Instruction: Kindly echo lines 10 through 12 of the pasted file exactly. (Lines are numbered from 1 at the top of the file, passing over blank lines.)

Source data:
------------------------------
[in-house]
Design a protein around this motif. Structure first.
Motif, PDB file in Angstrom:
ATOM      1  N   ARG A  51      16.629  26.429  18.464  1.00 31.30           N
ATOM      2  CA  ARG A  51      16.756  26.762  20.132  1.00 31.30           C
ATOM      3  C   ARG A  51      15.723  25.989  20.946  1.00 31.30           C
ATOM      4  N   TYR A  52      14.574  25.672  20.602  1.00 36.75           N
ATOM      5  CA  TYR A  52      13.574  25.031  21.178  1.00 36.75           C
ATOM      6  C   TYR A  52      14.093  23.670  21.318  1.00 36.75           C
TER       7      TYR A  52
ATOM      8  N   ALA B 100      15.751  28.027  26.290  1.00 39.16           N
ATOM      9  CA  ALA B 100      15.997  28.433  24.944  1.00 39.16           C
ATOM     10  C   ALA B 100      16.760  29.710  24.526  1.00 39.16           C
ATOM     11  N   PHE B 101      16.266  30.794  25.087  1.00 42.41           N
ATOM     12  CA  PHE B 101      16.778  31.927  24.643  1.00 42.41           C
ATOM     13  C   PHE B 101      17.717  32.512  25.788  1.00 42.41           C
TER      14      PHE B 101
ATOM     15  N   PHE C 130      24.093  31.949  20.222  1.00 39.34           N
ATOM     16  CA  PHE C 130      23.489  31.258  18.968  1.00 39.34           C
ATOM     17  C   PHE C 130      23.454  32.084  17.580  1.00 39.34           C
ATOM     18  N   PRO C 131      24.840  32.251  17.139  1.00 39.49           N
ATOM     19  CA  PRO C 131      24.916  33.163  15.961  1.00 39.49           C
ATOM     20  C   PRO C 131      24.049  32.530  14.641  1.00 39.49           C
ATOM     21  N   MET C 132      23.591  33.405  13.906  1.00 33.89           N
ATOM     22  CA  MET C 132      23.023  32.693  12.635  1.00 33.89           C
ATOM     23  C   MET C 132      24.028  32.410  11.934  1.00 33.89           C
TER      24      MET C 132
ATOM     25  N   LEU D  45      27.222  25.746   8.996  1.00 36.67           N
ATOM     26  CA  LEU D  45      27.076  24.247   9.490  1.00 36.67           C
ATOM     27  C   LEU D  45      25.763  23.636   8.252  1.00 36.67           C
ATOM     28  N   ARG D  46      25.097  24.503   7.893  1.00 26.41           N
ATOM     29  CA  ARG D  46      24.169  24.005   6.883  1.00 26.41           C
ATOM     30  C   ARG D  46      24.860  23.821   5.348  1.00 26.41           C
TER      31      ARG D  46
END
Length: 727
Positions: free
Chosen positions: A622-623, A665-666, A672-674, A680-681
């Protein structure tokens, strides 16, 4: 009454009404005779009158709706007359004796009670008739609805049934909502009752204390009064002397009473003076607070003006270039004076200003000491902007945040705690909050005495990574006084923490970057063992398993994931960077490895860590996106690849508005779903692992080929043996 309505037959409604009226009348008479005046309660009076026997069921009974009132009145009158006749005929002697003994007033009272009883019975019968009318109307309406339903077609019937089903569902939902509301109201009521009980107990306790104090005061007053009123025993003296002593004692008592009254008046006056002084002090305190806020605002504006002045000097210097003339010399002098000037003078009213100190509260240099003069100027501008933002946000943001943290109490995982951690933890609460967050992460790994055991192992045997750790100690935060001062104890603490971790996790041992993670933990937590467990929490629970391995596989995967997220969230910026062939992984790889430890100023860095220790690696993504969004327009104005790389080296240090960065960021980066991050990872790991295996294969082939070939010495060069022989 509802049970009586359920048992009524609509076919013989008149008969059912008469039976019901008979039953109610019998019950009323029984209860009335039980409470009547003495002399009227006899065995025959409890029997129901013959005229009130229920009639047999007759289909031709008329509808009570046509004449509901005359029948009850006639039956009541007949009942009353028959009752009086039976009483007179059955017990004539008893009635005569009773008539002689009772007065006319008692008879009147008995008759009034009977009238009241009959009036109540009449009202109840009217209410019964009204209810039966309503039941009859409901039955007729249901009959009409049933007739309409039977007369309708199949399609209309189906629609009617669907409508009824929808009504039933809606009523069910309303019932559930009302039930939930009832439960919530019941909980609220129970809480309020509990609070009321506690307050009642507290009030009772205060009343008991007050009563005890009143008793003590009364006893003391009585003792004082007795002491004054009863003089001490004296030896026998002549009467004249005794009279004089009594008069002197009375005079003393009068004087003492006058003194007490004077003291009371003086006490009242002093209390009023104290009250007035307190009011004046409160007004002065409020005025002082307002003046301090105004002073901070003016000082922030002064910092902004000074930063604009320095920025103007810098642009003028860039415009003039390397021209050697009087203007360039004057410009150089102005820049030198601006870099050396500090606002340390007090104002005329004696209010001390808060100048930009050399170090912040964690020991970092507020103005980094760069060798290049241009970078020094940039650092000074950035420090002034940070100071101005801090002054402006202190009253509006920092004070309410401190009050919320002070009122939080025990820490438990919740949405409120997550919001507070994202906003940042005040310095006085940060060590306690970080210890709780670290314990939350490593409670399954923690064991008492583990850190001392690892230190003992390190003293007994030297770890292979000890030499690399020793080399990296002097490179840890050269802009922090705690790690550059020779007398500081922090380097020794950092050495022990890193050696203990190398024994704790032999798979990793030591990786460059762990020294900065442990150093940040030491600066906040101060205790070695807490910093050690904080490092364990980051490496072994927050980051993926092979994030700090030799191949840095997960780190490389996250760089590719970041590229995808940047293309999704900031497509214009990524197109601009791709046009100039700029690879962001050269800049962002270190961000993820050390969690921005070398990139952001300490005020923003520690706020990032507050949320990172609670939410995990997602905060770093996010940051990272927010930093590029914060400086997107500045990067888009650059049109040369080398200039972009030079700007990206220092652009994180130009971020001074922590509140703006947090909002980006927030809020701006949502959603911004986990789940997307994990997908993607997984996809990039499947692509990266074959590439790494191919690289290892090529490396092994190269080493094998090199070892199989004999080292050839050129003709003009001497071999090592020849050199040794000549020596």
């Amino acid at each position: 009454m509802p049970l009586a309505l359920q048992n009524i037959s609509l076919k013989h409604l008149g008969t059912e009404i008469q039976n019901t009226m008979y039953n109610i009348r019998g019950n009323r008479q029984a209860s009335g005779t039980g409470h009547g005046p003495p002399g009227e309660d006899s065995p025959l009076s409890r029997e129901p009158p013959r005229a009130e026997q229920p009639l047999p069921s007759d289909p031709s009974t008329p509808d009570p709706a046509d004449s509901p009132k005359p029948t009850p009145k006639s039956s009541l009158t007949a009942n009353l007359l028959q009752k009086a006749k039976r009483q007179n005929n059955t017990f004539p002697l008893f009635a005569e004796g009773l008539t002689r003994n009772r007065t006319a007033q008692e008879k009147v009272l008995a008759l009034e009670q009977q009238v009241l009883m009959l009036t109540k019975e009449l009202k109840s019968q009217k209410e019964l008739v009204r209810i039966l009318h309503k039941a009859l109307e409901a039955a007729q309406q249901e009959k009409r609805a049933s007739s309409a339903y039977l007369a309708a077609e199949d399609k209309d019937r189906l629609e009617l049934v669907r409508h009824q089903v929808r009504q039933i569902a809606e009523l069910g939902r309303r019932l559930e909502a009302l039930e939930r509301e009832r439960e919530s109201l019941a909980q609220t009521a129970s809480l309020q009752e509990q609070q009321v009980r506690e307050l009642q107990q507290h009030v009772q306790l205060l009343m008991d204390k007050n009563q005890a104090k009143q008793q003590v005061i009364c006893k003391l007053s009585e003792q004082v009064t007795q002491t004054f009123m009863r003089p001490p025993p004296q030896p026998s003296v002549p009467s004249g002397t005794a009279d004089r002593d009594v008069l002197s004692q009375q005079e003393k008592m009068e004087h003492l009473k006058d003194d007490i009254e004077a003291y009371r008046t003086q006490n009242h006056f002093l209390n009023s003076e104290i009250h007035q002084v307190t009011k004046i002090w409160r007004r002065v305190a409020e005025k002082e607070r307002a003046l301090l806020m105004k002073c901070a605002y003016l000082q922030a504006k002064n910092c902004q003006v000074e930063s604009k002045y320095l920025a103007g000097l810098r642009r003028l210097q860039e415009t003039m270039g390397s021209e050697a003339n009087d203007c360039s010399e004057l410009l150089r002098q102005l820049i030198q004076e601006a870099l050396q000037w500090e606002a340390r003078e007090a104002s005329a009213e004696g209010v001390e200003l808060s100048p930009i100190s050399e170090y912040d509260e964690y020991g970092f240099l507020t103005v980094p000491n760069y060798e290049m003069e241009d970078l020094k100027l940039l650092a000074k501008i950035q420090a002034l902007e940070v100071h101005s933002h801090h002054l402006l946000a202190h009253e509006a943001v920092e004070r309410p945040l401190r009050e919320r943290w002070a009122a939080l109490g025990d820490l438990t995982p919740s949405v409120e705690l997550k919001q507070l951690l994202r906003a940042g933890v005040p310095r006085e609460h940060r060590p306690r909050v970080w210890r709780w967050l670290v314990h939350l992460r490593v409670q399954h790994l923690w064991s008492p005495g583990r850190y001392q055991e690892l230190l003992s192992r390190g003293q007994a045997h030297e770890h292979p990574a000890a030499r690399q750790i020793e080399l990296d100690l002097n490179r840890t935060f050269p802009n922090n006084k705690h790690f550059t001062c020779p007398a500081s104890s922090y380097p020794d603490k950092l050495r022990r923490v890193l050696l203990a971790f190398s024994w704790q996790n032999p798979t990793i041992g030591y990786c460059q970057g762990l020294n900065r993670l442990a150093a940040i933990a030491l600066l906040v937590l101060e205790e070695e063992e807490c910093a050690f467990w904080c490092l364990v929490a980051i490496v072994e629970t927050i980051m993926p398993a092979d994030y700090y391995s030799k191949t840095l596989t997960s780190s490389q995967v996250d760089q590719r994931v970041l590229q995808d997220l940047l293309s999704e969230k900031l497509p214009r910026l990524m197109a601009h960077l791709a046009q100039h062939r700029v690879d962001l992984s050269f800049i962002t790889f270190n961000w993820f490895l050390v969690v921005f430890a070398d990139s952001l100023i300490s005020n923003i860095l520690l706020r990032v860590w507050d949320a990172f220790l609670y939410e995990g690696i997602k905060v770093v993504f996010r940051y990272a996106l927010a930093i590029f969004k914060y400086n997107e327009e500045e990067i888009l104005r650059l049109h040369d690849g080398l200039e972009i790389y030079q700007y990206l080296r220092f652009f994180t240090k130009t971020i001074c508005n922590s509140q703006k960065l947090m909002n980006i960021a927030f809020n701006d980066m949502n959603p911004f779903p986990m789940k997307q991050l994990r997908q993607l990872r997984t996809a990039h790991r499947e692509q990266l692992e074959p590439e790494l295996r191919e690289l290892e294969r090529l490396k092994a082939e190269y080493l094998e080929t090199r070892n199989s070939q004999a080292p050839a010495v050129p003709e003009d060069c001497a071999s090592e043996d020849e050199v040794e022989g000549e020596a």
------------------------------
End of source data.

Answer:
TER       7      TYR A  52
ATOM      8  N   ALA B 100      15.751  28.027  26.290  1.00 39.16           N
ATOM      9  CA  ALA B 100      15.997  28.433  24.944  1.00 39.16           C